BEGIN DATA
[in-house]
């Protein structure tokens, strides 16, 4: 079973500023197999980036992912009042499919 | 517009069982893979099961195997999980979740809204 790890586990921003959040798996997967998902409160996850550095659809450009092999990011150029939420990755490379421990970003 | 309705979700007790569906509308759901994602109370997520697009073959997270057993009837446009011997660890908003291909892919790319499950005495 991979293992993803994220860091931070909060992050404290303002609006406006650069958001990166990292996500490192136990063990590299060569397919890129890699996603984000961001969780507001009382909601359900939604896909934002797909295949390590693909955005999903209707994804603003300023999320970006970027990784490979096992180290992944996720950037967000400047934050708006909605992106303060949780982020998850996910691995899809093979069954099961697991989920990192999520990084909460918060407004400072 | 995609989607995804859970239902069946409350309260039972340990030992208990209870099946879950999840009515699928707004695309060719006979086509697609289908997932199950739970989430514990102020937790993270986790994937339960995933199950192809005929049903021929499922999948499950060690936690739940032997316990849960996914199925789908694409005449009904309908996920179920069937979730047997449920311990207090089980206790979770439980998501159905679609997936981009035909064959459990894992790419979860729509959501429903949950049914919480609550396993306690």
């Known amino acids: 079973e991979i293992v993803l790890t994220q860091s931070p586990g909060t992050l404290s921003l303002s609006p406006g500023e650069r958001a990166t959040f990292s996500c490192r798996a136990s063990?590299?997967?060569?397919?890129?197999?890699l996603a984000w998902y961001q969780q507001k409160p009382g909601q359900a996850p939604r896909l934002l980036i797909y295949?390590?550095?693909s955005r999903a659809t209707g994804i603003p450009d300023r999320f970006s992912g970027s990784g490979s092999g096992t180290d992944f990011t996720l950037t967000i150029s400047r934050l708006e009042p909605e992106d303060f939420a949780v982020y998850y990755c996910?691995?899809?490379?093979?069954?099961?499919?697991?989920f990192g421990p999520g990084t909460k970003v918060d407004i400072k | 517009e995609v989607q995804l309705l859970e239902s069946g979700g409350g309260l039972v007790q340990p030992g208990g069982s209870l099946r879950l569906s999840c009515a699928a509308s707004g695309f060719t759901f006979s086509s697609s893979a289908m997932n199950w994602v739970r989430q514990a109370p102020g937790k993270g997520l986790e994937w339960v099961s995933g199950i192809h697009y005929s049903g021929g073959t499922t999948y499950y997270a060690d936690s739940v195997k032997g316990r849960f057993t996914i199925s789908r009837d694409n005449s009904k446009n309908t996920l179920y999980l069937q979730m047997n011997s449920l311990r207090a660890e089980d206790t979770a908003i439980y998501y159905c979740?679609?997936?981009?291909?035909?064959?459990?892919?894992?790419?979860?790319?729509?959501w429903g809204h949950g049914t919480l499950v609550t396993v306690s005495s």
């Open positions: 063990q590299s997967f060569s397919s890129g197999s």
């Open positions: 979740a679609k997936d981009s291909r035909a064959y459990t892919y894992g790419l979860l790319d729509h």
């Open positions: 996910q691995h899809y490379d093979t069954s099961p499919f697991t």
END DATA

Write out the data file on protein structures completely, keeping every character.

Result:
[in-house]
């Protein structure tokens, strides 16, 4: 079973500023197999980036992912009042499919 | 517009069982893979099961195997999980979740809204 790890586990921003959040798996997967998902409160996850550095659809450009092999990011150029939420990755490379421990970003 | 309705979700007790569906509308759901994602109370997520697009073959997270057993009837446009011997660890908003291909892919790319499950005495 991979293992993803994220860091931070909060992050404290303002609006406006650069958001990166990292996500490192136990063990590299060569397919890129890699996603984000961001969780507001009382909601359900939604896909934002797909295949390590693909955005999903209707994804603003300023999320970006970027990784490979096992180290992944996720950037967000400047934050708006909605992106303060949780982020998850996910691995899809093979069954099961697991989920990192999520990084909460918060407004400072 | 995609989607995804859970239902069946409350309260039972340990030992208990209870099946879950999840009515699928707004695309060719006979086509697609289908997932199950739970989430514990102020937790993270986790994937339960995933199950192809005929049903021929499922999948499950060690936690739940032997316990849960996914199925789908694409005449009904309908996920179920069937979730047997449920311990207090089980206790979770439980998501159905679609997936981009035909064959459990894992790419979860729509959501429903949950049914919480609550396993306690």
């Known amino acids: 079973e991979i293992v993803l790890t994220q860091s931070p586990g909060t992050l404290s921003l303002s609006p406006g500023e650069r958001a990166t959040f990292s996500c490192r798996a136990s063990?590299?997967?060569?397919?890129?197999?890699l996603a984000w998902y961001q969780q507001k409160p009382g909601q359900a996850p939604r896909l934002l980036i797909y295949?390590?550095?693909s955005r999903a659809t209707g994804i603003p450009d300023r999320f970006s992912g970027s990784g490979s092999g096992t180290d992944f990011t996720l950037t967000i150029s400047r934050l708006e009042p909605e992106d303060f939420a949780v982020y998850y990755c996910?691995?899809?490379?093979?069954?099961?499919?697991?989920f990192g421990p999520g990084t909460k970003v918060d407004i400072k | 517009e995609v989607q995804l309705l859970e239902s069946g979700g409350g309260l039972v007790q340990p030992g208990g069982s209870l099946r879950l569906s999840c009515a699928a509308s707004g695309f060719t759901f006979s086509s697609s893979a289908m997932n199950w994602v739970r989430q514990a109370p102020g937790k993270g997520l986790e994937w339960v099961s995933g199950i192809h697009y005929s049903g021929g073959t499922t999948y499950y997270a060690d936690s739940v195997k032997g316990r849960f057993t996914i199925s789908r009837d694409n005449s009904k446009n309908t996920l179920y999980l069937q979730m047997n011997s449920l311990r207090a660890e089980d206790t979770a908003i439980y998501y159905c979740?679609?997936?981009?291909?035909?064959?459990?892919?894992?790419?979860?790319?729509?959501w429903g809204h949950g049914t919480l499950v609550t396993v306690s005495s």
């Open positions: 063990q590299s997967f060569s397919s890129g197999s």
């Open positions: 979740a679609k997936d981009s291909r035909a064959y459990t892919y894992g790419l979860l790319d729509h």
């Open positions: 996910q691995h899809y490379d093979t069954s099961p499919f697991t």